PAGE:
The Burning Crusade is finally ready to engulf China. After an initial rejection in November, NetEase has announced that China's General Administration of Press and Publication has approved its application to localize the first World of Warcraft expansion.
Last year's rejection of the game was just one part of a GAPP crackdown on World of Warcraft's local operator. The regulatory agency said NetEase was running Blizzard's massively multiplayer online role-playing game without proper approval in the country due to "gross violations" of local laws.
As a result, GAPP officials ordered NetEase to stop charging players of the game in China and cease accepting any new registrations. NetEase has not indicated if its other issues with GAPP have been resolved or when it might resume registrations and regular charging practices.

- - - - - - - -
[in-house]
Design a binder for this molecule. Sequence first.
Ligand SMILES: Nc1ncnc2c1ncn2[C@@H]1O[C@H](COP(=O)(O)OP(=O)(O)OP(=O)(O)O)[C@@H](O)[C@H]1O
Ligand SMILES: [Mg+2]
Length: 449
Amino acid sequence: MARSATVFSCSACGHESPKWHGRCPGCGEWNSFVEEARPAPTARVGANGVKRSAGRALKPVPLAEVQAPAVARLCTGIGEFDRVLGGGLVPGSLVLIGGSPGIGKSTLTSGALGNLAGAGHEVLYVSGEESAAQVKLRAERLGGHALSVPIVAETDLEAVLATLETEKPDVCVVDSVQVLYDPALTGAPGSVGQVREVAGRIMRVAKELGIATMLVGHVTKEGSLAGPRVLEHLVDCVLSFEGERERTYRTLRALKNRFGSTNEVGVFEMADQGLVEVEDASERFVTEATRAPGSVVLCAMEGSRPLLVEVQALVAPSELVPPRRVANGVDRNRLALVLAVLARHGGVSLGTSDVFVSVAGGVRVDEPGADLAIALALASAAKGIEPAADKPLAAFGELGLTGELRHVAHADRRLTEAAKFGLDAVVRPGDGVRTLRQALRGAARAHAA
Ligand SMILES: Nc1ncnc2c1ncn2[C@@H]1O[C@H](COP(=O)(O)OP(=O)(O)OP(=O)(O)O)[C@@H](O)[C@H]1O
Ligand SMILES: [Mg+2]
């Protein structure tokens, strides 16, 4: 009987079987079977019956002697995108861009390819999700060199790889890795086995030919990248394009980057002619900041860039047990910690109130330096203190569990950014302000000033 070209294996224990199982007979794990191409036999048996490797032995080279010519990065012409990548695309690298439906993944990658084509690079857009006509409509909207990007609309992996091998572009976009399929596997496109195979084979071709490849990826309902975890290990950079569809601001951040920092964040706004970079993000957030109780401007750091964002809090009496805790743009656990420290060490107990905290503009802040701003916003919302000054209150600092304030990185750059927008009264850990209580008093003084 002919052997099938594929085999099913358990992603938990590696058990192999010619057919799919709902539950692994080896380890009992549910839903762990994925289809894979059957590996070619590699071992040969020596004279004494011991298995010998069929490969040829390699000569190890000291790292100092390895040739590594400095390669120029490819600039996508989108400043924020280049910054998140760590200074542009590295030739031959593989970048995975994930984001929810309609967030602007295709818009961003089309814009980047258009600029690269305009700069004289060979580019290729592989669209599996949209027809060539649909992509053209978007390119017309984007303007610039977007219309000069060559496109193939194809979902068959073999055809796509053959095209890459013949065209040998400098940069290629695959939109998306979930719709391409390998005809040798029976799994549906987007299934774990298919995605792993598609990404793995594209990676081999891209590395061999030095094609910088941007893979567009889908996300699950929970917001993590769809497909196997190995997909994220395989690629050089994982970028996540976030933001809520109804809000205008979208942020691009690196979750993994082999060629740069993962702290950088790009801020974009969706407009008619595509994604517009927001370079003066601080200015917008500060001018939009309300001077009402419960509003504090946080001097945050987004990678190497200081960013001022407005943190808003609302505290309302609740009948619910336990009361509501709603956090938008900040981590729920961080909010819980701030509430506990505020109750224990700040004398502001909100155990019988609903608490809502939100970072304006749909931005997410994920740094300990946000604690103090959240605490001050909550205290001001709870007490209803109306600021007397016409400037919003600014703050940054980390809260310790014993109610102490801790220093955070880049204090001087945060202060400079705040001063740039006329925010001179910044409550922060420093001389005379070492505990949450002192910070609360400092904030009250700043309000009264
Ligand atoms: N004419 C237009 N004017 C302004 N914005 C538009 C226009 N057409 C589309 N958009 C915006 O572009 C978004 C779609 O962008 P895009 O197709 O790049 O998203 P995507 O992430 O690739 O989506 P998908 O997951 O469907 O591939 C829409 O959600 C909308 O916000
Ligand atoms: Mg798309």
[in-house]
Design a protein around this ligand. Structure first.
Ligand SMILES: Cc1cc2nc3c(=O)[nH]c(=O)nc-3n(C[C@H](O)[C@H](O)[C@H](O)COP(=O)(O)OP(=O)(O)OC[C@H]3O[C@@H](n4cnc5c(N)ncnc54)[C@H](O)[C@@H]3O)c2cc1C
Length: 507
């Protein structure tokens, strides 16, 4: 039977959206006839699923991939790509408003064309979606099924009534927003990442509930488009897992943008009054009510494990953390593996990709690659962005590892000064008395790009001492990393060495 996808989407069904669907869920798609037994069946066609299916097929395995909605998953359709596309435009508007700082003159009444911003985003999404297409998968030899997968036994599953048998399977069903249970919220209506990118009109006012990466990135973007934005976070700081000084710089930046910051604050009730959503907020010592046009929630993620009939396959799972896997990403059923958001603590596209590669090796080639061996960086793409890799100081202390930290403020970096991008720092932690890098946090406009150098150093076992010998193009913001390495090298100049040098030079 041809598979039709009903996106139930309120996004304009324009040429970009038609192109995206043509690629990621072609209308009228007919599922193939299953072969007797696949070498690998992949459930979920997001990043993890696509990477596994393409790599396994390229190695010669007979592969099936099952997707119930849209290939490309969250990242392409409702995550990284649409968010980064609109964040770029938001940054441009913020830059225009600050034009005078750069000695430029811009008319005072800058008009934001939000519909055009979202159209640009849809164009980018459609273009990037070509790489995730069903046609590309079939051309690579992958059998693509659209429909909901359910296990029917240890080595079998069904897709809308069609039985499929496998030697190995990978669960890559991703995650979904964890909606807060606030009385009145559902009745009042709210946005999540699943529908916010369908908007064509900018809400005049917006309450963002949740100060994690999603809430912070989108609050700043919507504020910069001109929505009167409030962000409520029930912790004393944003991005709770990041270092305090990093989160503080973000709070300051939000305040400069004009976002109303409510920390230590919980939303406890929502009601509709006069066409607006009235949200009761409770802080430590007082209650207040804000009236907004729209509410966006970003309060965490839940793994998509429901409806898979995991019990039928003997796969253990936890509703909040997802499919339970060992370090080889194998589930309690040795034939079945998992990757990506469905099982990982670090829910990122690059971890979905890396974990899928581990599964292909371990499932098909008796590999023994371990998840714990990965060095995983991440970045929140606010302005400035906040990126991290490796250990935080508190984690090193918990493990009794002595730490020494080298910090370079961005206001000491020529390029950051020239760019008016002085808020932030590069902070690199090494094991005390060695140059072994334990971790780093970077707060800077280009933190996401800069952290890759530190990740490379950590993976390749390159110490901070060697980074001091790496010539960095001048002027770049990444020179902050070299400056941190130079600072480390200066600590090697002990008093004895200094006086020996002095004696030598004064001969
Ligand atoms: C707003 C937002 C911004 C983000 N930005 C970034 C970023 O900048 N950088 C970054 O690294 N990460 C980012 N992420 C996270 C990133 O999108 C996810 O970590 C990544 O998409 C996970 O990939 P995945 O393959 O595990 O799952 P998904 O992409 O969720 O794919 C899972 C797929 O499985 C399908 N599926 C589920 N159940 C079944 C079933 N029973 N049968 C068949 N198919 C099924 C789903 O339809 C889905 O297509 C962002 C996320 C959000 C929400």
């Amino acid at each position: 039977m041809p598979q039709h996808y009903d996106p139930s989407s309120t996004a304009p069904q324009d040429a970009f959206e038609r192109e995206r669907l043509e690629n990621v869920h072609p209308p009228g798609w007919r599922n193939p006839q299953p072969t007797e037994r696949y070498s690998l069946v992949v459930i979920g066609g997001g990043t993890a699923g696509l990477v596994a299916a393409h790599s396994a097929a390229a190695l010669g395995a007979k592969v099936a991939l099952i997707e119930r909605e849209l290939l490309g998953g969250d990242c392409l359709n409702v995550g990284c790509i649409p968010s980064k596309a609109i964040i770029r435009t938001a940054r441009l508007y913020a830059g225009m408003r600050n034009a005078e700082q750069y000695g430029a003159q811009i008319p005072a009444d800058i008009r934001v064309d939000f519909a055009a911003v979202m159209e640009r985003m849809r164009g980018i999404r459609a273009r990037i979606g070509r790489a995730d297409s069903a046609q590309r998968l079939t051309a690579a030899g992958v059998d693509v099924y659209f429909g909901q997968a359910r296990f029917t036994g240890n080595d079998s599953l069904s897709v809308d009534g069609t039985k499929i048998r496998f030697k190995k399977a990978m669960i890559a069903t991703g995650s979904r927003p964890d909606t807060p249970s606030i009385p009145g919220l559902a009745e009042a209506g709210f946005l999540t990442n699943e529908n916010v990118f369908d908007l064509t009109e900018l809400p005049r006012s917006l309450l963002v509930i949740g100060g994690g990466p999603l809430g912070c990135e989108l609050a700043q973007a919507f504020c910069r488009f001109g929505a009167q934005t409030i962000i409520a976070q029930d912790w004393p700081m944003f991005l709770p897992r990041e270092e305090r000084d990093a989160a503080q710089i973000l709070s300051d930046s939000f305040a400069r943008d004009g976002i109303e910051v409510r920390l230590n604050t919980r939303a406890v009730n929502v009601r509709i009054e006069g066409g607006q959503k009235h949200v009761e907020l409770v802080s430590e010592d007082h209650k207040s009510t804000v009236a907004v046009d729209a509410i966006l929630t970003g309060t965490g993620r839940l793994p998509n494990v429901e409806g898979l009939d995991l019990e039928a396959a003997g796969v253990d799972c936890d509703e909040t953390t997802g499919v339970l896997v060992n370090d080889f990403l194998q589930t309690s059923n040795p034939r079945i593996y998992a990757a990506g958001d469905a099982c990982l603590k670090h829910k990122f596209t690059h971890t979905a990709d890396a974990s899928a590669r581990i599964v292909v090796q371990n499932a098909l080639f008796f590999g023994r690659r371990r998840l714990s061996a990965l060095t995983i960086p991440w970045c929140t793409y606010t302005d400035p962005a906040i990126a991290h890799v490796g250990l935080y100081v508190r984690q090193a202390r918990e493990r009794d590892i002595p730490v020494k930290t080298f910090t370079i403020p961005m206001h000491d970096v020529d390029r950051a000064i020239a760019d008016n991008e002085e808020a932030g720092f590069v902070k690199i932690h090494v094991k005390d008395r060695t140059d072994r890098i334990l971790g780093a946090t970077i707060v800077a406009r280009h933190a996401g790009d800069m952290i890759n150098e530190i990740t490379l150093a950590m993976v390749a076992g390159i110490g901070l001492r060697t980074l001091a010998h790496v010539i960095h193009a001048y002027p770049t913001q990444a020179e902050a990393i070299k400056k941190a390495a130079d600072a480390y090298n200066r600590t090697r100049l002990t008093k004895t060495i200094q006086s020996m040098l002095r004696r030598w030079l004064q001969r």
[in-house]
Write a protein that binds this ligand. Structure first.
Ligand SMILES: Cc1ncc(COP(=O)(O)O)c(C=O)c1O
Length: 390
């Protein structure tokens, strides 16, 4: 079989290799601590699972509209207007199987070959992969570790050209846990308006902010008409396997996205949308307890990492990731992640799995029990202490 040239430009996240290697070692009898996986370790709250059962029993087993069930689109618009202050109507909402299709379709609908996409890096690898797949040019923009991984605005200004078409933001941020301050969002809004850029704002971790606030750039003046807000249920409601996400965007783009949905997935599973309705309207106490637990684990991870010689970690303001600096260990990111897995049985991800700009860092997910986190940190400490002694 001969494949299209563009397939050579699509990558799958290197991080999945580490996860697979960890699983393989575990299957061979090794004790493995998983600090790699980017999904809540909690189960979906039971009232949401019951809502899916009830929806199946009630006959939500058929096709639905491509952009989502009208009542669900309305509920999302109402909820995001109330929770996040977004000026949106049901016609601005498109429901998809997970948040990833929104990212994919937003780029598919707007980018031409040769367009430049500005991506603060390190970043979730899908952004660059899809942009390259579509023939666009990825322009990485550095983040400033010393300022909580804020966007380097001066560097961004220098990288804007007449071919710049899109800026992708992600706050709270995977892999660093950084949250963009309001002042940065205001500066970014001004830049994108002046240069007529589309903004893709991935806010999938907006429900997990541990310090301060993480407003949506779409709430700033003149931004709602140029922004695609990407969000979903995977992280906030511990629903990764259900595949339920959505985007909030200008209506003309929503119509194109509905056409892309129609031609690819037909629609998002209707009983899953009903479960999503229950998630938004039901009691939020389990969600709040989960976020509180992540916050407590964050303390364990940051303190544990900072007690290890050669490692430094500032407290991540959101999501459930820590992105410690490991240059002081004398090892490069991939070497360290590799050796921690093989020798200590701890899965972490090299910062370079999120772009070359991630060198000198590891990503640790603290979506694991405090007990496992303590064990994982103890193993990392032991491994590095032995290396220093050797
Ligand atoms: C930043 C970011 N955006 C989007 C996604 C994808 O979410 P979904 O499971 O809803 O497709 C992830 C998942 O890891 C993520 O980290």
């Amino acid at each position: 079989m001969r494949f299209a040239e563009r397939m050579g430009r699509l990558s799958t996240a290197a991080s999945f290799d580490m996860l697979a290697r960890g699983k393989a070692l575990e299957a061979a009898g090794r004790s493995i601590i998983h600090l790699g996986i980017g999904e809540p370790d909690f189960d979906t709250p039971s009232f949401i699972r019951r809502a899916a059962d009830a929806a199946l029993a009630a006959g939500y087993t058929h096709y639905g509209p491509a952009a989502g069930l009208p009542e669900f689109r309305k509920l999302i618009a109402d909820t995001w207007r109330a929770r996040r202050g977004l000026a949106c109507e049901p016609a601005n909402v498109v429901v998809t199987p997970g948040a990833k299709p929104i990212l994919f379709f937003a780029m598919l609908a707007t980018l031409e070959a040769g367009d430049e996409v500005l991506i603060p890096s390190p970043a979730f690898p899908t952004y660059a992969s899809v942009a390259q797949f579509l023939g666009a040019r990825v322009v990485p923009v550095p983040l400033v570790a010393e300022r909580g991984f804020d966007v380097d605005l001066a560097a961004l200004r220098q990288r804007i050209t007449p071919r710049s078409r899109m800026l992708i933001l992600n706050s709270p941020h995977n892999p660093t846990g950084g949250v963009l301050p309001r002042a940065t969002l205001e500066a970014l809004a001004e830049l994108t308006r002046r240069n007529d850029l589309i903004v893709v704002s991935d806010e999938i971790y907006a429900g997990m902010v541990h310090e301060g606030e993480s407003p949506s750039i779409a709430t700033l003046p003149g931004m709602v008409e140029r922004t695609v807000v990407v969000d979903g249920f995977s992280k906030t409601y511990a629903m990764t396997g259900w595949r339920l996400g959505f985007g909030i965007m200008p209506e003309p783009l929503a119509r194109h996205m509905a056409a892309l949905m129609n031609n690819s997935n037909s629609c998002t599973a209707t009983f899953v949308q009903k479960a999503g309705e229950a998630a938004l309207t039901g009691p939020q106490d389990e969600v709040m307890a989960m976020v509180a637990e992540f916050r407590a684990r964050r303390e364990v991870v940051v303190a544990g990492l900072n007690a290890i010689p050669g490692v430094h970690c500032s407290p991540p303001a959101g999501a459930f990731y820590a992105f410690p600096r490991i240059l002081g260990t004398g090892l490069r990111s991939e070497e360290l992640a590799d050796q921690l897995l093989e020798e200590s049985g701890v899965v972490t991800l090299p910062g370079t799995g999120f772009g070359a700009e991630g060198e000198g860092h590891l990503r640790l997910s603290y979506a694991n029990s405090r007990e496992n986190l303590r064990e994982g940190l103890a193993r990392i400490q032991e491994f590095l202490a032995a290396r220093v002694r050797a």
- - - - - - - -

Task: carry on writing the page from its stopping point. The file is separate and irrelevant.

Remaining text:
At the time, Roth Capital Partners analyst Adam Krejcik blamed the revocation on a dispute between the GAPP and China's Ministry of Culture, which had been increasingly clamping down on online gaming. "These guys are essentially stuck in the middle of this power struggle," Krejcik said of NetEase.